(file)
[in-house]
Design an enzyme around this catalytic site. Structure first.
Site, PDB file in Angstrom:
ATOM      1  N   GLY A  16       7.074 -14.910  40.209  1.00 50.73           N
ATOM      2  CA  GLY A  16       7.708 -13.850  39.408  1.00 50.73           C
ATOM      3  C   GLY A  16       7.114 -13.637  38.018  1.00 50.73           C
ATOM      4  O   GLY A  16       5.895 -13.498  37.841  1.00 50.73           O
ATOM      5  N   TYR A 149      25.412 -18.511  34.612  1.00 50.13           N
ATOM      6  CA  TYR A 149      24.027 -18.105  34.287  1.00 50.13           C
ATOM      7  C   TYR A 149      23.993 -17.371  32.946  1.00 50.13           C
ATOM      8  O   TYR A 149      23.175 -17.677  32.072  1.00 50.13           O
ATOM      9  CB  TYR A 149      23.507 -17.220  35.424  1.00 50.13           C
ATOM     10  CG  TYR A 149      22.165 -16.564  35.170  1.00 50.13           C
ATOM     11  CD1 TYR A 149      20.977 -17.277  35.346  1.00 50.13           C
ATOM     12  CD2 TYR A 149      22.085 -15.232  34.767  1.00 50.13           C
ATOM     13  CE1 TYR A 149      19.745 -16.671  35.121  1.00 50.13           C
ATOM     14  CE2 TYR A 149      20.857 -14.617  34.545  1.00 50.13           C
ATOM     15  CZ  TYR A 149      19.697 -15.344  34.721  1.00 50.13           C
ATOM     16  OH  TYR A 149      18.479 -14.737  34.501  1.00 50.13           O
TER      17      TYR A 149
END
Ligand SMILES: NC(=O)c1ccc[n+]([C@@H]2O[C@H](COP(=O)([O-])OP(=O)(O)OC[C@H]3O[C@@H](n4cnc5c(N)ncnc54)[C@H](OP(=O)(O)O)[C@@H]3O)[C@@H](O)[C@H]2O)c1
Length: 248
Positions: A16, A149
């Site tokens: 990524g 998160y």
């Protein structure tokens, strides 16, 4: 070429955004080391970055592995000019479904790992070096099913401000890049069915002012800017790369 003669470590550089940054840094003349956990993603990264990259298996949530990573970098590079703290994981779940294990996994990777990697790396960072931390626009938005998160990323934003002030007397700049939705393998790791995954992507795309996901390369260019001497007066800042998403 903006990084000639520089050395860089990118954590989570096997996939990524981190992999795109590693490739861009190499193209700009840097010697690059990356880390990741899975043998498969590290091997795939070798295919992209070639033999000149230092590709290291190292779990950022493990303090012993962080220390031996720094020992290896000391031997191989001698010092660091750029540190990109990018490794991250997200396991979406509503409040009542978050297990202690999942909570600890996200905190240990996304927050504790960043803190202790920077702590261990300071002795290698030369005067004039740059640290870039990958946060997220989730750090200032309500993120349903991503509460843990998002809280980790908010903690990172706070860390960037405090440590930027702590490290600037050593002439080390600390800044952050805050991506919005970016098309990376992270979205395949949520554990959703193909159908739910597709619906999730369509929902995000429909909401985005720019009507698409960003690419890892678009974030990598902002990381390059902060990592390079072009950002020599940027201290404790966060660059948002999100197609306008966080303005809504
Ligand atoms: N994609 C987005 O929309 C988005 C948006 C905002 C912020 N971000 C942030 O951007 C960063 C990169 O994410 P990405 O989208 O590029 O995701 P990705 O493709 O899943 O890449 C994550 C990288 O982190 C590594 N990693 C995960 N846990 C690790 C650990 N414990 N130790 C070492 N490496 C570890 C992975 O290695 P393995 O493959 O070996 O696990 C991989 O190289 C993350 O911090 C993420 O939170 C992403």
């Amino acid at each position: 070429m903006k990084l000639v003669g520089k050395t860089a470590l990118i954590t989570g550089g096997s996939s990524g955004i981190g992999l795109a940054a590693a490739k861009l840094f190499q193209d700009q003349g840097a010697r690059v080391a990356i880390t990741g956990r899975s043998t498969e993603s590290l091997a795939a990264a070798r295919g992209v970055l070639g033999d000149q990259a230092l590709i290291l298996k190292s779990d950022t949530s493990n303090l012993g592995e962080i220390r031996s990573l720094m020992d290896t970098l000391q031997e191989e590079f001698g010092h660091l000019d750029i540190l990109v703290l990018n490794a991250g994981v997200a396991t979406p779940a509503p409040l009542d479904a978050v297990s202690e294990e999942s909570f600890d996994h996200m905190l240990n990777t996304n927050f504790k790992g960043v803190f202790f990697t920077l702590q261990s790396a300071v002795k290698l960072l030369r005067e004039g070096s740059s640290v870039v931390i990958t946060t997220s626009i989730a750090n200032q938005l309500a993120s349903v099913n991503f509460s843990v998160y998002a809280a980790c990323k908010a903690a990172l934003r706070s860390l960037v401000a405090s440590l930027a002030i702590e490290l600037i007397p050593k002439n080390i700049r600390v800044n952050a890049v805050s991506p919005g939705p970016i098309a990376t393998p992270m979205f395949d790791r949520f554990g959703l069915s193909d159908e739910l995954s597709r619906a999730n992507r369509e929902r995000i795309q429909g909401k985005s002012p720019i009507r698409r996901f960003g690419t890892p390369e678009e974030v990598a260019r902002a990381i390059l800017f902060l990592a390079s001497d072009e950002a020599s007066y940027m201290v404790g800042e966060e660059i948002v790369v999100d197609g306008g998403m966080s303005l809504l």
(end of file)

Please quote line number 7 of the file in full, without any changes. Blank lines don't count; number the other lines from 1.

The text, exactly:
ATOM      4  O   GLY A  16       5.895 -13.498  37.841  1.00 50.73           O